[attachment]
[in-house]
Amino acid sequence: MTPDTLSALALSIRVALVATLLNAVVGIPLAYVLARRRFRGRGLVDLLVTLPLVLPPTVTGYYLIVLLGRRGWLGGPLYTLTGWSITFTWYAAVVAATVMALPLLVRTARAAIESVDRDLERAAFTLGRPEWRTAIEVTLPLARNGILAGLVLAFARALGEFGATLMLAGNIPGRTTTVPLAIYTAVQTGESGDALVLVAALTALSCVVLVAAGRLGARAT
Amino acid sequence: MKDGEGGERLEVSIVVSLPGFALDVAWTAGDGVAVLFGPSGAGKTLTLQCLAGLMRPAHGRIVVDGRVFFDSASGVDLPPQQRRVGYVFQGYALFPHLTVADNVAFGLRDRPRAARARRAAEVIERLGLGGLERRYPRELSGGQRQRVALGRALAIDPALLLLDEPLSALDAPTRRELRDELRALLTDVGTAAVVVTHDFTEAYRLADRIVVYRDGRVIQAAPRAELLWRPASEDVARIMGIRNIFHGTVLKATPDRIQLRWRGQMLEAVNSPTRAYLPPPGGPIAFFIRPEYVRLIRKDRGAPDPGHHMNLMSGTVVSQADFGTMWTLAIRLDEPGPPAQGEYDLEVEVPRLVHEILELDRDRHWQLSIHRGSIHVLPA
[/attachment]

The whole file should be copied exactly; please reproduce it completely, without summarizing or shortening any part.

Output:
[in-house]
Amino acid sequence: MTPDTLSALALSIRVALVATLLNAVVGIPLAYVLARRRFRGRGLVDLLVTLPLVLPPTVTGYYLIVLLGRRGWLGGPLYTLTGWSITFTWYAAVVAATVMALPLLVRTARAAIESVDRDLERAAFTLGRPEWRTAIEVTLPLARNGILAGLVLAFARALGEFGATLMLAGNIPGRTTTVPLAIYTAVQTGESGDALVLVAALTALSCVVLVAAGRLGARAT
Amino acid sequence: MKDGEGGERLEVSIVVSLPGFALDVAWTAGDGVAVLFGPSGAGKTLTLQCLAGLMRPAHGRIVVDGRVFFDSASGVDLPPQQRRVGYVFQGYALFPHLTVADNVAFGLRDRPRAARARRAAEVIERLGLGGLERRYPRELSGGQRQRVALGRALAIDPALLLLDEPLSALDAPTRRELRDELRALLTDVGTAAVVVTHDFTEAYRLADRIVVYRDGRVIQAAPRAELLWRPASEDVARIMGIRNIFHGTVLKATPDRIQLRWRGQMLEAVNSPTRAYLPPPGGPIAFFIRPEYVRLIRKDRGAPDPGHHMNLMSGTVVSQADFGTMWTLAIRLDEPGPPAQGEYDLEVEVPRLVHEILELDRDRHWQLSIHRGSIHVLPA